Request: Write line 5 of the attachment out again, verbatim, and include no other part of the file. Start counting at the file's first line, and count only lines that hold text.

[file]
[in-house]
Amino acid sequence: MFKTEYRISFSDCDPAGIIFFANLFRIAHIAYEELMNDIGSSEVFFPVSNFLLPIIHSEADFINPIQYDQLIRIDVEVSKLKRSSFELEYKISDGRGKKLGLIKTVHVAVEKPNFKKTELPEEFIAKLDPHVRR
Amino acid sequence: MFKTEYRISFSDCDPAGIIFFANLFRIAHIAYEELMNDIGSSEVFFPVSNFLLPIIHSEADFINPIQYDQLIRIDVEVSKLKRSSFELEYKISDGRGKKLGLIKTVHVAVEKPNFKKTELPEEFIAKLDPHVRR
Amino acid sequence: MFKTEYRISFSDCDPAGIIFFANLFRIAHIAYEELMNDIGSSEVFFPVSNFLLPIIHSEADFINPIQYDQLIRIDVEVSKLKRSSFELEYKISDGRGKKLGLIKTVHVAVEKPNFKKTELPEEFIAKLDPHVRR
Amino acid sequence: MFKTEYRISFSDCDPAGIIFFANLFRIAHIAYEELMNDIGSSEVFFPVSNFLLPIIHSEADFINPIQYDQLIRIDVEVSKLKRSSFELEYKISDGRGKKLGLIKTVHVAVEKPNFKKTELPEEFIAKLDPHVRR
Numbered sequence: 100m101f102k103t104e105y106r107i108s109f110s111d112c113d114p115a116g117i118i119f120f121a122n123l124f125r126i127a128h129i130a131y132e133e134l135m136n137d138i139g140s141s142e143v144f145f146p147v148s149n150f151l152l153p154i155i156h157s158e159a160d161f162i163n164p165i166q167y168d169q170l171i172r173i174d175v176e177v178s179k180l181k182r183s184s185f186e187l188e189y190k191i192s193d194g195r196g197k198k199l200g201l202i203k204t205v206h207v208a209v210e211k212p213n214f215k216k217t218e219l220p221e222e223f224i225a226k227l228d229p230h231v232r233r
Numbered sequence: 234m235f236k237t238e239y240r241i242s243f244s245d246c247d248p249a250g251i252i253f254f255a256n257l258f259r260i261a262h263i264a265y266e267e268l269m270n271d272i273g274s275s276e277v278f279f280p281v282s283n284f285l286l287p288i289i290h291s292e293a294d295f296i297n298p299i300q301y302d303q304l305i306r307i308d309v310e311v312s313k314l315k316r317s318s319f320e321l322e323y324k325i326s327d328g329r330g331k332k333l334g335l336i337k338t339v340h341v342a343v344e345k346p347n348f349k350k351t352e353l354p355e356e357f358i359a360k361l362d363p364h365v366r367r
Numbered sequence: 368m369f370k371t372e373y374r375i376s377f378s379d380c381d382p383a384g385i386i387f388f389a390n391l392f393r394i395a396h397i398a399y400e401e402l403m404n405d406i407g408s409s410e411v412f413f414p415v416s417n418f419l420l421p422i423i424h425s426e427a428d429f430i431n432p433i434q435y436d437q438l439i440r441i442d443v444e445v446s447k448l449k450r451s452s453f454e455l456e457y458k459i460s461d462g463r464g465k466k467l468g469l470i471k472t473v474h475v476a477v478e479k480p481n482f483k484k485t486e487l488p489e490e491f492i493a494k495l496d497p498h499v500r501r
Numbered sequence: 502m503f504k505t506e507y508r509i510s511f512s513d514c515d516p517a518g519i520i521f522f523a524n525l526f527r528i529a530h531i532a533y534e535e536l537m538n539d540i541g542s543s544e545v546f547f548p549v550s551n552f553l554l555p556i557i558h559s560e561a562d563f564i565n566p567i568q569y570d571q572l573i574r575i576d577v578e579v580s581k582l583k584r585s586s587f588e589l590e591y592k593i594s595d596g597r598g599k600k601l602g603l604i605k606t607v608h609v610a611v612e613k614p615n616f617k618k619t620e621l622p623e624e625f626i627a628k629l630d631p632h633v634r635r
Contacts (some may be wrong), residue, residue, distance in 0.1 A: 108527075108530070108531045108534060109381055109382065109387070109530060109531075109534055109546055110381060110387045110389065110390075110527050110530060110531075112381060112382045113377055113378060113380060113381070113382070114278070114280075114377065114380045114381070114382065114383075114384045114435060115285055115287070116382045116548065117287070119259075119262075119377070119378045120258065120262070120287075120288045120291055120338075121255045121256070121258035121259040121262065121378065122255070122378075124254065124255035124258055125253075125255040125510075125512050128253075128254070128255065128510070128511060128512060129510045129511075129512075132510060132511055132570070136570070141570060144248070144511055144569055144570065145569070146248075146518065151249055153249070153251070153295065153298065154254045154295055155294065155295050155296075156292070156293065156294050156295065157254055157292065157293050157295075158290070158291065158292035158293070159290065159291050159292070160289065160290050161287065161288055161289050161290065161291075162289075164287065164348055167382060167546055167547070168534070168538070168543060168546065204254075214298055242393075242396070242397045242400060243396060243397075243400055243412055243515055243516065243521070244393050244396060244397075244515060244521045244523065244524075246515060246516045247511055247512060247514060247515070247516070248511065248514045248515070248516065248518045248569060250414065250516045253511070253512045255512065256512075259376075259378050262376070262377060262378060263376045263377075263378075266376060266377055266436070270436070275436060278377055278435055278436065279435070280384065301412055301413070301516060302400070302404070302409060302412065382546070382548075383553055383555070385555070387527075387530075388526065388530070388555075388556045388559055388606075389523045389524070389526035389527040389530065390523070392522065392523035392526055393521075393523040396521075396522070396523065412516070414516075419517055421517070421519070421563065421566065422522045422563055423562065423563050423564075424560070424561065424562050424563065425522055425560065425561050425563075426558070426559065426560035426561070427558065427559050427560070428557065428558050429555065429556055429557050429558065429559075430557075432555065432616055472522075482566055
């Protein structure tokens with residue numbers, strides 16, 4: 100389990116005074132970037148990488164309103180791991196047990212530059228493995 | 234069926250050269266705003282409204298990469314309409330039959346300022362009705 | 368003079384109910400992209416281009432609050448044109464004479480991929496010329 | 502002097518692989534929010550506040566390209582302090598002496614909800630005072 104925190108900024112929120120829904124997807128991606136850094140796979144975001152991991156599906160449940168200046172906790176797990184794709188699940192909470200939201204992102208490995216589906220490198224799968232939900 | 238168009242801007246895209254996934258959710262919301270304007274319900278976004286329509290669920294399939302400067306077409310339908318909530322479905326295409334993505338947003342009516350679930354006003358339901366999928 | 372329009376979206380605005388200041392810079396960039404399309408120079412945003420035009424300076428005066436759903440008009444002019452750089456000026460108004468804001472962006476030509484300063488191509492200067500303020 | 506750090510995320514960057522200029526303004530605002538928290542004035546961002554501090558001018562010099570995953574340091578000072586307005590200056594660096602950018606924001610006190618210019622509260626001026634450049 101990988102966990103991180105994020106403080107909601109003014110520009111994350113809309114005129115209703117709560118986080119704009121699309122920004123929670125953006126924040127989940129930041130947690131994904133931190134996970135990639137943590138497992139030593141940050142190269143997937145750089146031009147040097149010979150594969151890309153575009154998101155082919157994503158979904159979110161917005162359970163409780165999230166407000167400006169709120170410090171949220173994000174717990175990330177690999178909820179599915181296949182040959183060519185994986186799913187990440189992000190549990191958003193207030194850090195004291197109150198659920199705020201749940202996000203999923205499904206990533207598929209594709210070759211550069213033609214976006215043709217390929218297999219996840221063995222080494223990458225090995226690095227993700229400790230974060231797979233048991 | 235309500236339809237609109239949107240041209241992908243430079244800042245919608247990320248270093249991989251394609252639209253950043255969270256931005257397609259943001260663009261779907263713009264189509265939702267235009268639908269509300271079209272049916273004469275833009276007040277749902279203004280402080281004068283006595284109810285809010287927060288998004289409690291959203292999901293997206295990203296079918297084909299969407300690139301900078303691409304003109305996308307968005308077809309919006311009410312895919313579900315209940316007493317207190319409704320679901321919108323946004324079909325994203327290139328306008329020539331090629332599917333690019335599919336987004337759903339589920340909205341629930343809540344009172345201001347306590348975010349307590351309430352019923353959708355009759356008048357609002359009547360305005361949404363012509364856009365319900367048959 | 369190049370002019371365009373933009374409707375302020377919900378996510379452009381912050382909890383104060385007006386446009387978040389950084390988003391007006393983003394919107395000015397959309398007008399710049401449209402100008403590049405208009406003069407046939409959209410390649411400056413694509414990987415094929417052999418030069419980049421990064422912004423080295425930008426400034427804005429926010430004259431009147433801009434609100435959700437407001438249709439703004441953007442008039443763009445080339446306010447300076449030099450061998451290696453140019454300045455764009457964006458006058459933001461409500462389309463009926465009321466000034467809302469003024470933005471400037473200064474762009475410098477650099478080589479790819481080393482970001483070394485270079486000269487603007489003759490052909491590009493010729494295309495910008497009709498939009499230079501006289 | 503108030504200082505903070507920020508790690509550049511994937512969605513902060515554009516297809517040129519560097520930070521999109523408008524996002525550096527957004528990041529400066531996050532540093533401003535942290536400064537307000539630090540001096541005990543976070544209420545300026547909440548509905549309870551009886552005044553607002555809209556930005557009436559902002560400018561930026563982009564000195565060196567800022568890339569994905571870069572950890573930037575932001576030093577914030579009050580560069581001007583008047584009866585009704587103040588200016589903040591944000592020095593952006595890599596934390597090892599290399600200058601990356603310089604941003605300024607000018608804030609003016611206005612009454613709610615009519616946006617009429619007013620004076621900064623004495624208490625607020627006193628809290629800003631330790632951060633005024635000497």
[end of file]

Amino acid sequence: MFKTEYRISFSDCDPAGIIFFANLFRIAHIAYEELMNDIGSSEVFFPVSNFLLPIIHSEADFINPIQYDQLIRIDVEVSKLKRSSFELEYKISDGRGKKLGLIKTVHVAVEKPNFKKTELPEEFIAKLDPHVRR